These portals mark the original course of the Reichsstrasse and are akin to city gates. Both of them, the south portal in particular, were seen by the citizens as the attributes of the bishop and the city, and viewed as proof of their right of way through the cathedral. The south portal facing the town is more elaborate. (Grove)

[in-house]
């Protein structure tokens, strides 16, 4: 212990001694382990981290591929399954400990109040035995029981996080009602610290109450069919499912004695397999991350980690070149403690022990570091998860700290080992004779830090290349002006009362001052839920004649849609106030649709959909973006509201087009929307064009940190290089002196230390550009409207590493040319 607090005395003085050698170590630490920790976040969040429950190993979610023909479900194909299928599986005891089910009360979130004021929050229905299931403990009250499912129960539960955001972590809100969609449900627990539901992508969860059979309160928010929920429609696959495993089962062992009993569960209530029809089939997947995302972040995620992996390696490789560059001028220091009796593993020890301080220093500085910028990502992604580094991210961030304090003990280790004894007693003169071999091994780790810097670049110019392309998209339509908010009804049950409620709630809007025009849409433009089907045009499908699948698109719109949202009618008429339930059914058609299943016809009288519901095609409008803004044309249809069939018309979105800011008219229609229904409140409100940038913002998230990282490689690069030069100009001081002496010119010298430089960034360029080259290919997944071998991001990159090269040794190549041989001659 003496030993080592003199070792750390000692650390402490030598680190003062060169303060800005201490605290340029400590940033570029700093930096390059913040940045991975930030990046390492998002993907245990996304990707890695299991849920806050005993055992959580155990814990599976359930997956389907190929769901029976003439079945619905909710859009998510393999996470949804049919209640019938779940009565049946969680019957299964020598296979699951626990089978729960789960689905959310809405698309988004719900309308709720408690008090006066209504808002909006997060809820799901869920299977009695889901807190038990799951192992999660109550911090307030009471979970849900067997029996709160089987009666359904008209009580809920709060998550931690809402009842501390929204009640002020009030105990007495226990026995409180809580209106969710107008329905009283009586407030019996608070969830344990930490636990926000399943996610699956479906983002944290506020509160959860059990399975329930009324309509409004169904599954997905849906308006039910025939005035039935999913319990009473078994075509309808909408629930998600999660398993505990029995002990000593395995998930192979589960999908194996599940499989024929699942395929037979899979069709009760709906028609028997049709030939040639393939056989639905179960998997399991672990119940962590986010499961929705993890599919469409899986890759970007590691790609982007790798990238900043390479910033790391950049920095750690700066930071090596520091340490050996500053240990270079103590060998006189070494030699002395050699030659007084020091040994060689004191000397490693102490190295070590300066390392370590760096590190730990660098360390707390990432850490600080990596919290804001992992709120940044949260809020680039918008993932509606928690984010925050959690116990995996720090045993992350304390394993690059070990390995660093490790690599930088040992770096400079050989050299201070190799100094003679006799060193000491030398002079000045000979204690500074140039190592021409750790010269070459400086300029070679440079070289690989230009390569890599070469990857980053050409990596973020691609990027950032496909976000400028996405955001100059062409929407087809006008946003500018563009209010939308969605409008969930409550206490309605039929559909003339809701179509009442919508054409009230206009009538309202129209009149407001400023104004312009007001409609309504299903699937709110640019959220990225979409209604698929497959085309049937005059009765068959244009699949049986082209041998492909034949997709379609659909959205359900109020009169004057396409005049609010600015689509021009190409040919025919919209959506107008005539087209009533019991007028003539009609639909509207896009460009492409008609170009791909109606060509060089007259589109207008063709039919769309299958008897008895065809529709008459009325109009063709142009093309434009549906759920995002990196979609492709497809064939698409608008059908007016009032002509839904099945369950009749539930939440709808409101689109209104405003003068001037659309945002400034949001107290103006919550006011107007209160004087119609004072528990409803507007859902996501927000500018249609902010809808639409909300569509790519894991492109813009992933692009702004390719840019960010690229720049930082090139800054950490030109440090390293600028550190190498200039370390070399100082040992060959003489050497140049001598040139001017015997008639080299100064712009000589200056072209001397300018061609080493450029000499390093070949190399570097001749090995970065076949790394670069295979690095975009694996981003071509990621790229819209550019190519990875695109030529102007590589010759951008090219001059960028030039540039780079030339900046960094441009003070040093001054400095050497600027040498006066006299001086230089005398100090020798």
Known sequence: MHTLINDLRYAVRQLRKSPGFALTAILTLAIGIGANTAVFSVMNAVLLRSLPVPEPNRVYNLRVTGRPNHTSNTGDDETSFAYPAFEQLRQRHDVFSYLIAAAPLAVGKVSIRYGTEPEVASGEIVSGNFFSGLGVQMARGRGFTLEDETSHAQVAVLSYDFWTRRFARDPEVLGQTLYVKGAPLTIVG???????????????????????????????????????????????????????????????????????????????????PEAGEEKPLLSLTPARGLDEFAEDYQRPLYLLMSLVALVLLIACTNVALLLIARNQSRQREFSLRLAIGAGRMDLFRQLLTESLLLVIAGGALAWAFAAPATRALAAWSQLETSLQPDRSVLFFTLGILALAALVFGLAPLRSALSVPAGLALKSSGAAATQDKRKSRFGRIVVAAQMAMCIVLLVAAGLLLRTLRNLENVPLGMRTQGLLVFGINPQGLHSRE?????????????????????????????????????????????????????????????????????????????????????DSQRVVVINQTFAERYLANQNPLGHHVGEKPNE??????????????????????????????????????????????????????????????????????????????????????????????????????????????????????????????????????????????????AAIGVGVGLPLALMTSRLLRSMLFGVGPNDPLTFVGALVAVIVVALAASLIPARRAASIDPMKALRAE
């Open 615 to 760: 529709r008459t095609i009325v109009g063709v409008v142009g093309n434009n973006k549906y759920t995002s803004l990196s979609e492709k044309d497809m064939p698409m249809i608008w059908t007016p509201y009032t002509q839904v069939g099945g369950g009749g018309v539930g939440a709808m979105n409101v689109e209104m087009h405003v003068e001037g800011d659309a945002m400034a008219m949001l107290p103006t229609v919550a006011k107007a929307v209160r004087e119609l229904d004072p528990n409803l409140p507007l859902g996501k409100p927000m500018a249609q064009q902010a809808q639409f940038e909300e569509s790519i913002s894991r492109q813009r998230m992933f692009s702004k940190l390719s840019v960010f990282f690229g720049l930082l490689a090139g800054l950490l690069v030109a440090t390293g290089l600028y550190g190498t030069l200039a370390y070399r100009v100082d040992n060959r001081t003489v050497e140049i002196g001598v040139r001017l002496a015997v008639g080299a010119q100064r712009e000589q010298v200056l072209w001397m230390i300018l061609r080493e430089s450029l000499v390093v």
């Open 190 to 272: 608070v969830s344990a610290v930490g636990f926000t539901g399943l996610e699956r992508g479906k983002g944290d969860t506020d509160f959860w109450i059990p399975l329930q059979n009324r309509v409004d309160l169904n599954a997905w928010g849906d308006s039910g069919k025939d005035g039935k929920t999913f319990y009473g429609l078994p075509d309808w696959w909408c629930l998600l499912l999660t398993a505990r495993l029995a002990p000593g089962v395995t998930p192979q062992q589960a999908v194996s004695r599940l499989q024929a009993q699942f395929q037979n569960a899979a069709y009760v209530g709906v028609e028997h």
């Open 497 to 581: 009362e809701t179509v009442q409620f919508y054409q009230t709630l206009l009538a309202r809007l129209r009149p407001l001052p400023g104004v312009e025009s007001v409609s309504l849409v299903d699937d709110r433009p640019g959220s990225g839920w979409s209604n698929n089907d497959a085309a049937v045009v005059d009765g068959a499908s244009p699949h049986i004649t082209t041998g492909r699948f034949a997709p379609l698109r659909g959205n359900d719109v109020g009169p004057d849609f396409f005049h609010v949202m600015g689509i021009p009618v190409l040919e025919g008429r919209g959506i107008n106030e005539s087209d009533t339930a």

Under Bishop Henry II (reigned 1047-1063), a Romanesque aisled basilica (consecrated 1065) with a double choir, western transept, crypt and side towers (completed later) evolved. The Romanesque bronze door of the south aisle portal dates from around the time of consecration or later (since 2002 protected in Augsburg’s Diocesan Museum. Gothic alterations were carried out from 1326, including the vaulting of the west choir, transept and nave (1331-1339), the addition of two extra aisles and the construction of the eastern hall choir (designed 1343; consecrated 1431) with an ambulatory and radiating chapels. The south portal, understood to have been underway only from 1356, suggests the style of the Parler family. Both portals of the eastern choir have a programme based on the life of the Virgin and thereby make reference to the dedication of the cathedral. The arms of burghers under the statues of the south portal are prominent, again ensuring that the citizens’ claim on the cathedral was unmistakably stated.